Wednesday, January 3, 2018

Paddle Out Techniques

For this post in my surf kayaking series, I have surf guru Jeff Laxier sharing his tips for Paddling Out.  Jeff has a lifetime of playing in the surf and is a sea, whitewater, and surf kayak instructor for Liquid Fusion Kayaking.
Surf Kayak
Jeff Laxier surfing on the Oregon Coast.

Paddle Out Techniques by Jeff Laxier
There are many ways to get out to the waves and here we will explore the three methods I use most to paddle out:  Bunny Hop, Turtle Dive, Route Finding.
All three methods have four of the same components.
1.       Speed - We need to be moving to get through a wave.
2.       Angle - Boat angle to the incoming wave.
3.       Timing - When to paddle hard, when to hold position, and when to run away.
4.       Awareness - Of route, waves, other users, wildlife, wonder

The Bunny Hop: This is a fun way to blast up and over a foam pile (this can also work on river hydraulics).
1.       Generate speed with 3-5 strokes as you approach the foam pile.
2.       Change the boat angle to angle away from the wave (No more than 45 degrees)
3.       Lift wave side edge (drop shore-side edge)
4.       Forward sweep on shore-side
5.       Once over the foam pile, lunge forward and paddle, repeat when necessary
sea kayak surf
Bunny Hop - Generate Speed.

sea kayak surfing
Bunny Hop - Angle/Edge Boat

Sea kayak surfzone
Bunny Hop - Lunge forward and paddle away.
The Turtle Dive: This is a great way to avoid a dumping wave on your head, getting hit in the gut by a powerful wave or foam pile, and decreases the likelihood of the wave pushing you back to shore.
1.       Speed - Generate as much speed as possible (don’t get winded you will need that air)
2.       Flip - Capsize with precision so your bow will bury into the seam where white and green water meet then push up with your paddle (this brings the bow deeper).
3.       Pause (feel the wave go by)
4.       Roll up and GO! Do not be plankton - Dig in and paddle away!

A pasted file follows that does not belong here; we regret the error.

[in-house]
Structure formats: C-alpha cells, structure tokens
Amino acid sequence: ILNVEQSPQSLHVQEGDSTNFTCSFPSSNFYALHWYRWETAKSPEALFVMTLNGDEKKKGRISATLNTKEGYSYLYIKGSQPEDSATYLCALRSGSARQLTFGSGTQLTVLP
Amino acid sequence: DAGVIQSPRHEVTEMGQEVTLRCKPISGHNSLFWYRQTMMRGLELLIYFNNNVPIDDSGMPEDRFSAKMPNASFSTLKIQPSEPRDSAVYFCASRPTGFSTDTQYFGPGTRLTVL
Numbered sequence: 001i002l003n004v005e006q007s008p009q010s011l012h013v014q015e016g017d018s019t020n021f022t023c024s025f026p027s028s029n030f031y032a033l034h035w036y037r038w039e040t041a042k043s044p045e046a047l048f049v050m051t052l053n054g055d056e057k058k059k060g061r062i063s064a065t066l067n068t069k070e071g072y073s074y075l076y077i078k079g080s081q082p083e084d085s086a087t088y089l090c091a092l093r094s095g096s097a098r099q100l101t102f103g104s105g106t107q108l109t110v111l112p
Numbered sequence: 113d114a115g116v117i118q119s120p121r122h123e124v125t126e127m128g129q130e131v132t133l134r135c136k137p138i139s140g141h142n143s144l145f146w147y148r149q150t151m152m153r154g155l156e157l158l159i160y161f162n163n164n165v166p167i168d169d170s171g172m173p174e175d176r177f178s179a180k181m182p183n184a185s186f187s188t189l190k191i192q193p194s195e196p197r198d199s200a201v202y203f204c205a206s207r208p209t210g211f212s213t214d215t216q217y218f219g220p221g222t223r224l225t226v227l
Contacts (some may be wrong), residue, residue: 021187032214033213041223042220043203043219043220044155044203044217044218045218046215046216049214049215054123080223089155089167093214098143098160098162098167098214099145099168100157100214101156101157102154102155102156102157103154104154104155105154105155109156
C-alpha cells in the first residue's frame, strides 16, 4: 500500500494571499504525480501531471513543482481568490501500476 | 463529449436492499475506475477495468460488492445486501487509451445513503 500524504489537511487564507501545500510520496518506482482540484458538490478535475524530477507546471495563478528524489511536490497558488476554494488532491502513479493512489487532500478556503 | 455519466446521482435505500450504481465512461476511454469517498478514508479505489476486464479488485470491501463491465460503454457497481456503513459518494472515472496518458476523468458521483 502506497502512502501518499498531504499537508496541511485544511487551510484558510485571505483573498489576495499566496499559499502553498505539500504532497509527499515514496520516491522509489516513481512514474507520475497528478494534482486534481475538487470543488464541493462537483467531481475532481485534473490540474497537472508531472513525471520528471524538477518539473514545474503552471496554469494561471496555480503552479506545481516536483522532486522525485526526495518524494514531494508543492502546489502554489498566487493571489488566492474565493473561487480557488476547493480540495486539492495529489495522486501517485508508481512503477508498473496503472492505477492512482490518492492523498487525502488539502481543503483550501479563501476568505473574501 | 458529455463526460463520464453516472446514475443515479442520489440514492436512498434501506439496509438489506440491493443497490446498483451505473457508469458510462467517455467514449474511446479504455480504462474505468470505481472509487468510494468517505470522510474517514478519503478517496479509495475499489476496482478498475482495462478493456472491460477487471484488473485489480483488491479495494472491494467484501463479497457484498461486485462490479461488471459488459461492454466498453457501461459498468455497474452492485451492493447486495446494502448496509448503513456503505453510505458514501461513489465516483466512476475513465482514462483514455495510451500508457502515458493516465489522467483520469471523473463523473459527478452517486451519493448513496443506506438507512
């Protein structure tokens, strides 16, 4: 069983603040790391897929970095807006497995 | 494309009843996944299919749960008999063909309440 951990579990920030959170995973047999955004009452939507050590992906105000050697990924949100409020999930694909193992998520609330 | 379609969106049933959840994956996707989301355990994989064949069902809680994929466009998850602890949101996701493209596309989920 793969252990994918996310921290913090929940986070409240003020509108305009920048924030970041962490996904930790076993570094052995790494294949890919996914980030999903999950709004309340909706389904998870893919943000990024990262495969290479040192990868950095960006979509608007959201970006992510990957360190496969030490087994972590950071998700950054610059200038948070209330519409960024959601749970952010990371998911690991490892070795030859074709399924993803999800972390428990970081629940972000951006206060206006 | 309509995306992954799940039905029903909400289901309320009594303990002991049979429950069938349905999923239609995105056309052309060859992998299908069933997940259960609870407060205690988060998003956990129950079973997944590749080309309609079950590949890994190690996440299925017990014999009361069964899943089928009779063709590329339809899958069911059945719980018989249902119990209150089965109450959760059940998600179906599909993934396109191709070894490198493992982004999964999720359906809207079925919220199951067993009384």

surf kayak hp
Turtle Dive - Generate speed and capsize so bow buries in the seam.

hp surf kayak
Turtle Dive - Push with paddle to drive bow deeper and wait for wave to pass.

surf kayak technique
Turtle Dive - When wave has passed over you, roll up.

Turtle Dive - Dig in and paddle away!


Route Finding: Look for an easy path out to the line up with the possibility of a dry hair paddle out.
1.       Find a rip that will take you out to the outside.
2.       Establish reference points. These will help you make route changes as well and help you avoid the most severe sections. This can also help in reading your progress.
3.       Find the soft spots - Smaller or less consistent waves breaking (path of least resistance).
4.       Wait for your window of opportunity (wait for a lull).
5.       Be patient and aware.
kayak surfing instruction
Route finding - find a rip and ride it to the outside.
Dagger Stratos Surfing
Route finding - find the soft spot of the wave or where it isn't breaking.
Conclusion:
Surfing waves is great fun, and getting out past the breakers is necessary in all types of craft. Whatever your craft (surf kayak, whitewater kayak, sea kayak, surfboard, stand up paddleboard), we have to paddle out.  A seasoned paddler will make this journey out to the lineup easy, effective and efficient and have more energy for surfing. We must plan and prepare both mentally and physically. The more challenging the paddle out the more physical and mental toughness is needed.

Surfing into 2018!

New Year's Day 2018

We were guiding day 3 of Liquid Fusion Kayaking's Whitewater n Surf Safari.  The goal of this 3 day trip is maximum fun in whitewater kayaks and obtaining the Mendocino Whitewater Trifecta - whitewater river running, rock gardening, and surf kayaking.  Unfortunately we had a beautiful warm and sunny December which meant no water for a whitewater run on the Eel River.  As usual, we make do with what mother nature give us and we had 2 days of really fun rock gardening.  Now on day 3 it was time to find some surf.  The swell forecast was very small and our students were skeptical if we would find any waves.  We found some.

Here are some shots from my first wave of 2018 -


Thanks Jeff for capturing the shots and sharing the stoke! We are going to rock n surf in 2018!




Tuesday, December 12, 2017

Drysuits

Winter is coming.  For many kayakers that means drysuit season.  I have to admit that I am not a huge fan of drysuits but find them necessary for winter whitewater kayaking and multi-day sea kayak events in areas with cool water and air temperatures.

Over the years, I have had drysuits from several different manufacturers.  My current drysuit is the best so far - Immersion Research Shawty.  Of course I love the awesome purple color.  Technical and practical features of the Shawty drysuit that I like include a rear/shoulder entry, comfortable fit, and the material.
Loving my Immersion Research Shawty Drysuit!